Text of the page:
Thanks to everyone who provided input on what you need in a sales kit — as you've seen with the launch of the Simply Nutrilite kit and now Artistry essentials, we're listening to what you need to successfully sell these products.     


Twisting your way to health

I have to admit to being an unabashed fan of the new Simply Nutrilite Twist Tubes — in particular the Blueberry Antioxidant Twist and the Strawberry Kiwi Immunity Twist.

And part of the reason I'm a fan is for another reason I'm ashamed to admit — I'm not the best at taking my supplements every day.  I try to take them in the morning, but often don't if I don't eat breakfast at home.  My usual regimen is Double X, CoQ10, Cal Mag, Cholesterol Health, Vision Health, Concentrated Fruits and Veggies (the kids version) and Braniums.   But sometimes that has to wait until dinner — the meal I'm most likely to eat at home.  It's really a shame because I literally have the finest vitamin and mineral supplements within my grasp.  Just call me one of the "busy moms" Simply Nutrilite was designed to satisfy.  (And the bars — my kids love them and they're perfect for staving off hunger while we do "one more errand" before heading home each night. But this post is about me.) 

So the tubes are an easy and very portable way for me to fill in the blanks in my nutritional portfolio. 

Are you a "twister"?  What's your reaction to this new and innovative product?


Defining our business

Anyone who follows branding knows there's a lot of different ways to approach it — or rather, what to call it.  Most advertising agencies or brand companies have their own names for essentially the same methodology — defining the brand, articulating the promise, capturing the features and benefits for the target audience, and finally, determining what it looks, feels, and sounds like.  Most have brand promises, brand essences, brand visions, brand fundamentals, brand ideas — but come up with cooler names for them.   

To me it's like how you would describe the sensation of cookies baking in the oven — is it a smell, a fragrance, an essence, an aroma?   Or what those cookies mean to the person who'll be eating them – comfort, home, sustenance, pampering or reward?  Different words or phrases for the same thing — a smell and why you'd eat it.  

So if you think about the business opportunity as a brand, who's the target audience?  People who want to earn extra income? People who want a business of their own?  People who need people (you know, the luckiest people in the world)? And what do they want?  Extra income? Something small they can build to a full-time career?  Independence?  Control?  A supportive community?  

If you were the hotshot agency, how would you write the brand statement?  How would you describe, in a sentence, what this business should do for IBOs?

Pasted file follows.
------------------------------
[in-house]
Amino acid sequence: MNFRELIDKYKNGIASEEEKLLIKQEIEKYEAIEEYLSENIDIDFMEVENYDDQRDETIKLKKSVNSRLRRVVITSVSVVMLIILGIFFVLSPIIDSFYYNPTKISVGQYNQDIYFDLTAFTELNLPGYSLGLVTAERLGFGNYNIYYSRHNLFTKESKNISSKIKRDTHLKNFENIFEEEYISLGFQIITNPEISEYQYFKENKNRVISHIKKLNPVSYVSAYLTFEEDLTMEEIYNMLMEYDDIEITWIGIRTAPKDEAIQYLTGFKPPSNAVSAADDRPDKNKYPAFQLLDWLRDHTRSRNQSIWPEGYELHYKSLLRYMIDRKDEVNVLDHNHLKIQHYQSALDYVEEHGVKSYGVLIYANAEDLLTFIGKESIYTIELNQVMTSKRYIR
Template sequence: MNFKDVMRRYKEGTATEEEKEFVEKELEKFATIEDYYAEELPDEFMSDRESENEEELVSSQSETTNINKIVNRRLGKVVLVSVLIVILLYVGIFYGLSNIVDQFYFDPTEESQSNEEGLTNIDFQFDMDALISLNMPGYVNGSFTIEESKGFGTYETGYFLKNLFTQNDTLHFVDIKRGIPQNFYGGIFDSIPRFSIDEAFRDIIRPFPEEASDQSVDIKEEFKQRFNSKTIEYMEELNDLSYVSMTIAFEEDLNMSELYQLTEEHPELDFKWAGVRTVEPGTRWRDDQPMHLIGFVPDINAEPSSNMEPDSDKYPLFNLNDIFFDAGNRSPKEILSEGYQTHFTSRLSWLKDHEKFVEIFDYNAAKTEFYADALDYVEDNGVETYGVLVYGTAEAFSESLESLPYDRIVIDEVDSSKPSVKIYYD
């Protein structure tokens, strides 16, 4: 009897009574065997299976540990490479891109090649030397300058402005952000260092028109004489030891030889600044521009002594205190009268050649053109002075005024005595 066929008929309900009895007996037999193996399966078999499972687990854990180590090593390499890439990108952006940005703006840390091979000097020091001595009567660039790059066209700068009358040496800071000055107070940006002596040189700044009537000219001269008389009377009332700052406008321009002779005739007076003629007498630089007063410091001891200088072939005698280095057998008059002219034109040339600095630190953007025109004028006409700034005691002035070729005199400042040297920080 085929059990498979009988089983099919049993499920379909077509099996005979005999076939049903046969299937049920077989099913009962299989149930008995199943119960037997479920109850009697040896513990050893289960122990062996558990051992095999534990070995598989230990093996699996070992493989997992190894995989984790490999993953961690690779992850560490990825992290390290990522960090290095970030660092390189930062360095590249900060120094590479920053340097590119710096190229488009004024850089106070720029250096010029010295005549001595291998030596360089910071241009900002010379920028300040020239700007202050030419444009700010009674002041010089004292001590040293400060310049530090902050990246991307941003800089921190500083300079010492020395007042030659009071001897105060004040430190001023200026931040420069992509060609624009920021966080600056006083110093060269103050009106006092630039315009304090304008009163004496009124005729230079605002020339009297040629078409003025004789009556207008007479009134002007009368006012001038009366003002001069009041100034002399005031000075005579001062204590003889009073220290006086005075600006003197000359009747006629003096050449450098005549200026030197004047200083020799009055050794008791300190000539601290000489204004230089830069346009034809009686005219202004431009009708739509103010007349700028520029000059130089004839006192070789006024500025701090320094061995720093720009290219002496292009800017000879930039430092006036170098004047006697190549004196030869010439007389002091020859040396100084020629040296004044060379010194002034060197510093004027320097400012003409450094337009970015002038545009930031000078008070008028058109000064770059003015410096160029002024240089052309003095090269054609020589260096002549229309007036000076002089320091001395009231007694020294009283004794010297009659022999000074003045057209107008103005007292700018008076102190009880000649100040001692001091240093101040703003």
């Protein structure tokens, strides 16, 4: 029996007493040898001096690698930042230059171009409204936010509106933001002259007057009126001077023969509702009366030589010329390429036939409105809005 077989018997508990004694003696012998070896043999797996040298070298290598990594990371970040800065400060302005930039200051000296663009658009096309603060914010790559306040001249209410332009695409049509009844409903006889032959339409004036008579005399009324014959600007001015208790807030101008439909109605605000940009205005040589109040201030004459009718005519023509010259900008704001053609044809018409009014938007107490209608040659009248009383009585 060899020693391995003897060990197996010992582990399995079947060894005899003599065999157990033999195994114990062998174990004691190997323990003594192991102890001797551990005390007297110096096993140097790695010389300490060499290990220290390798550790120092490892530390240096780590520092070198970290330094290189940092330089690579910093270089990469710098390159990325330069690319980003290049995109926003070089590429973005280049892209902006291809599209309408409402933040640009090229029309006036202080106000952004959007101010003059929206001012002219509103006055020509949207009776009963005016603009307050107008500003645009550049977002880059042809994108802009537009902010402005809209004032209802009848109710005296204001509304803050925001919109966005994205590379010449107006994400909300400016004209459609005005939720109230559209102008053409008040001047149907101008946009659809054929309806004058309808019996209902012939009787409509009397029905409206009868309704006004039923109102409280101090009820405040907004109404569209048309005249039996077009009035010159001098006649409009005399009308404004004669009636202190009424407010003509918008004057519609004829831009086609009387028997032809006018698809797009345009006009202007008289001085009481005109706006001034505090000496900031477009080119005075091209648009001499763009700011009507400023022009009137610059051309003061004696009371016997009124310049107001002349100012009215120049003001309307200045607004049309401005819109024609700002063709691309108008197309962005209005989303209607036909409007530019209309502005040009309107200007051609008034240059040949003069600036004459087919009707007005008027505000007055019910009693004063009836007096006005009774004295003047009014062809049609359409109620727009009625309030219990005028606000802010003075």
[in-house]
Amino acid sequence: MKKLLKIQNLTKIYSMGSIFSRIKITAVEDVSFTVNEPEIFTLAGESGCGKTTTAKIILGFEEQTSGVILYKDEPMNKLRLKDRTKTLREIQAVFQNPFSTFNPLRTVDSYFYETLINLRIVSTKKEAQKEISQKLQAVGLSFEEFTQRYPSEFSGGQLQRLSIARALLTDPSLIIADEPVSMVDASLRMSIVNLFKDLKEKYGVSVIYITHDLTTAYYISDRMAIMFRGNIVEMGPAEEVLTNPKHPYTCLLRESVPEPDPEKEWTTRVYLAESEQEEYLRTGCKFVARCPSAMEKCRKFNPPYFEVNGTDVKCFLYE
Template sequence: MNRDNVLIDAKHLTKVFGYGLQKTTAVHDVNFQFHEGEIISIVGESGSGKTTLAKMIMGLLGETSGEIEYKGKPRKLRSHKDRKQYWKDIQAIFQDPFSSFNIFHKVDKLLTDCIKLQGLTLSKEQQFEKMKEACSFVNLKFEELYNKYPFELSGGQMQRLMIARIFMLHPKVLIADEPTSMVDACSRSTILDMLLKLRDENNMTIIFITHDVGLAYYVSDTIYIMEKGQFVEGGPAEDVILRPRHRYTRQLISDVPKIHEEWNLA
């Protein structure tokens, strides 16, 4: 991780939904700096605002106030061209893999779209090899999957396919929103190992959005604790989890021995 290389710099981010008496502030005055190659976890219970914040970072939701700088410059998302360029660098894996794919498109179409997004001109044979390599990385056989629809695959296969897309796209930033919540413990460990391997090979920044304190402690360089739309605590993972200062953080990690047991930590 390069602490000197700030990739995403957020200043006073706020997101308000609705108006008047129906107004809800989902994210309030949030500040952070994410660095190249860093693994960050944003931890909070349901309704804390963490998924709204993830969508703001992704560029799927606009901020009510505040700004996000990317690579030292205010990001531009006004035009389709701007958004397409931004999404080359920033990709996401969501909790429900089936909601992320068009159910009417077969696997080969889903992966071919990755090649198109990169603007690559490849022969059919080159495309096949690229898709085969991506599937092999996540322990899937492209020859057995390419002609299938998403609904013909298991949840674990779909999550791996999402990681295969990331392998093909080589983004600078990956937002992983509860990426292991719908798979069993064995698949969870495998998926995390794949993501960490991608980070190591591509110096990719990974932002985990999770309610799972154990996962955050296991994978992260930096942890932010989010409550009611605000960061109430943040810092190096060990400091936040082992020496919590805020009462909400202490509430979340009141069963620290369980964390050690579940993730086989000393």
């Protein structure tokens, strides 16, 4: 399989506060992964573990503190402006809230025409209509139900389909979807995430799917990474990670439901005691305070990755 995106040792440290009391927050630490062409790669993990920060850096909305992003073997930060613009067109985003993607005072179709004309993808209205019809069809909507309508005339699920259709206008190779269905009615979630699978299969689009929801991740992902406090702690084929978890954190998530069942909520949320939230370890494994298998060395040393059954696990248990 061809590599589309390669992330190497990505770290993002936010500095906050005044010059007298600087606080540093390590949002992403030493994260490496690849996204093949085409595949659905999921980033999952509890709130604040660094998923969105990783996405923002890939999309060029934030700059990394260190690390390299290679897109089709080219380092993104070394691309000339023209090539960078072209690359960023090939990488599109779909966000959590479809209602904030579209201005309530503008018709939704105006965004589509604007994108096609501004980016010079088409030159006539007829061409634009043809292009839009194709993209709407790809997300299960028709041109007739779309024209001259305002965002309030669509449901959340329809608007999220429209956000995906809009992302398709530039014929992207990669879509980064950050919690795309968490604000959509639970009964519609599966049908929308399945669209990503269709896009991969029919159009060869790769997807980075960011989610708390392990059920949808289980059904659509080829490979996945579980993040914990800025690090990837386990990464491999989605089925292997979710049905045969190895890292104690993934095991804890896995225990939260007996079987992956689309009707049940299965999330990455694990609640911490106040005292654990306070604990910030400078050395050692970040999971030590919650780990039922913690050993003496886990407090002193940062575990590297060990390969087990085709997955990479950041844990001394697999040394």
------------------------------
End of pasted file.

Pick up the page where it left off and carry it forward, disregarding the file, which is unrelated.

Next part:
Victory for all IBOs

A California court has dismissed Woodward et al v. Quixtar.  Read all about it and see the court order at Alticor Media Blog.

Contracts and commitments matter, as do rules. Quixtar’s rules exist to protect all IBO businesses. So when those rules are upheld, it’s a victory for every IBO.


Getting the real story

Sometimes we recycle content around here.  We might take something from "What's New" at and do a blog post about it.  Or we might take a blog post and redeploy the content in our employee e-newsletter, iQ.

Which is what we did this week with my recent post about Amway's 50th anniversary in 2009, with a call for ideas on how we celebrate the milestone.  We'd asked IBOs what they thought and wanted to get employee input as well.

The note that went out with iQ to direct employees to the latest issue available included the headline, "Beth Dornan on Turning 50."  Now, anyone who clicked through to the link would have seen that I was referring to Amway turning 50, not me being halfway to 100.  But many didn't do that…they started sending birthday greetings by e-mail almost immediately.  Which then put me in the position of having to explain that, no, it's not my birthday, and no, I'm not 50, but I will be in about four years and change (not that I'm counting or anything.)   You can guess how well that went over.

It reminded me of when I turned 39, and my then-boss told everyone I was turning 40.  I spent the better part of the day telling people I was only 39 and that I'd hang on to that "old coot" shot glass for another year.

You have to look beyond the headlines to get the story.  In my case, that the "50" we're going to celebrate won't be mine.  At least not yet!


Rumors of demise…

About 10 years ago I traveled with a Wall Street Journal reporter to Manila for the opening of Amway Philippines.  I wound up spending two weeks there assisting her in reporting what wound up being a front page story on how we went into new markets during an era of heavy international expansion for Amway.

Since I was there so long, there was time for some sight-seeing.  And, since most homes in Manila have broken glass and spikes atop their 10-foot surrounding walls and the entrances to malls are guarded by menacing men bearing machine guns, I didn't strike out on my own.  Instead, I took a guided tour with a bunch of other Americans and Europeans visiting the area.  One stop was the World War II Memorial along xxxxxxxxxxx bay.